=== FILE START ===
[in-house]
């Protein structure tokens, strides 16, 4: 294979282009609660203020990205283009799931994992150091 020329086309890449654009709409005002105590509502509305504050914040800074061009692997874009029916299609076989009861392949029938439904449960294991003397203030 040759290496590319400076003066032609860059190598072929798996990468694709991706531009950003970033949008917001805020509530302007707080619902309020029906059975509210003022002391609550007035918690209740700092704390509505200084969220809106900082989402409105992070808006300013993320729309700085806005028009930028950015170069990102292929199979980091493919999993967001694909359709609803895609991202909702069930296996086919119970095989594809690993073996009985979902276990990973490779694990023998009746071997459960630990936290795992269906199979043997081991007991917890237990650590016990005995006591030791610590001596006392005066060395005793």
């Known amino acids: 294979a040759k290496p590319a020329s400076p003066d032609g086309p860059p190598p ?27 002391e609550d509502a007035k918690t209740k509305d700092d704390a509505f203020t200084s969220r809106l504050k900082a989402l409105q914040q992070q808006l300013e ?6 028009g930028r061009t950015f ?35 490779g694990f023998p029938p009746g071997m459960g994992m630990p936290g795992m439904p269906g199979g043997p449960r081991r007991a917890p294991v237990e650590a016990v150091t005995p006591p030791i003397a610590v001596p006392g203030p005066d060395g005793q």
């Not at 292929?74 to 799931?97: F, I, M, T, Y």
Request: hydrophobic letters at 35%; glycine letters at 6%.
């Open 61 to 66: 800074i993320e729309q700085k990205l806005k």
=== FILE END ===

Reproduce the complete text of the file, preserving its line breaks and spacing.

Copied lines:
[in-house]
């Protein structure tokens, strides 16, 4: 294979282009609660203020990205283009799931994992150091 020329086309890449654009709409005002105590509502509305504050914040800074061009692997874009029916299609076989009861392949029938439904449960294991003397203030 040759290496590319400076003066032609860059190598072929798996990468694709991706531009950003970033949008917001805020509530302007707080619902309020029906059975509210003022002391609550007035918690209740700092704390509505200084969220809106900082989402409105992070808006300013993320729309700085806005028009930028950015170069990102292929199979980091493919999993967001694909359709609803895609991202909702069930296996086919119970095989594809690993073996009985979902276990990973490779694990023998009746071997459960630990936290795992269906199979043997081991007991917890237990650590016990005995006591030791610590001596006392005066060395005793």
């Known amino acids: 294979a040759k290496p590319a020329s400076p003066d032609g086309p860059p190598p ?27 002391e609550d509502a007035k918690t209740k509305d700092d704390a509505f203020t200084s969220r809106l504050k900082a989402l409105q914040q992070q808006l300013e ?6 028009g930028r061009t950015f ?35 490779g694990f023998p029938p009746g071997m459960g994992m630990p936290g795992m439904p269906g199979g043997p449960r081991r007991a917890p294991v237990e650590a016990v150091t005995p006591p030791i003397a610590v001596p006392g203030p005066d060395g005793q």
């Not at 292929?74 to 799931?97: F, I, M, T, Y």
Request: hydrophobic letters at 35%; glycine letters at 6%.
């Open 61 to 66: 800074i993320e729309q700085k990205l806005k």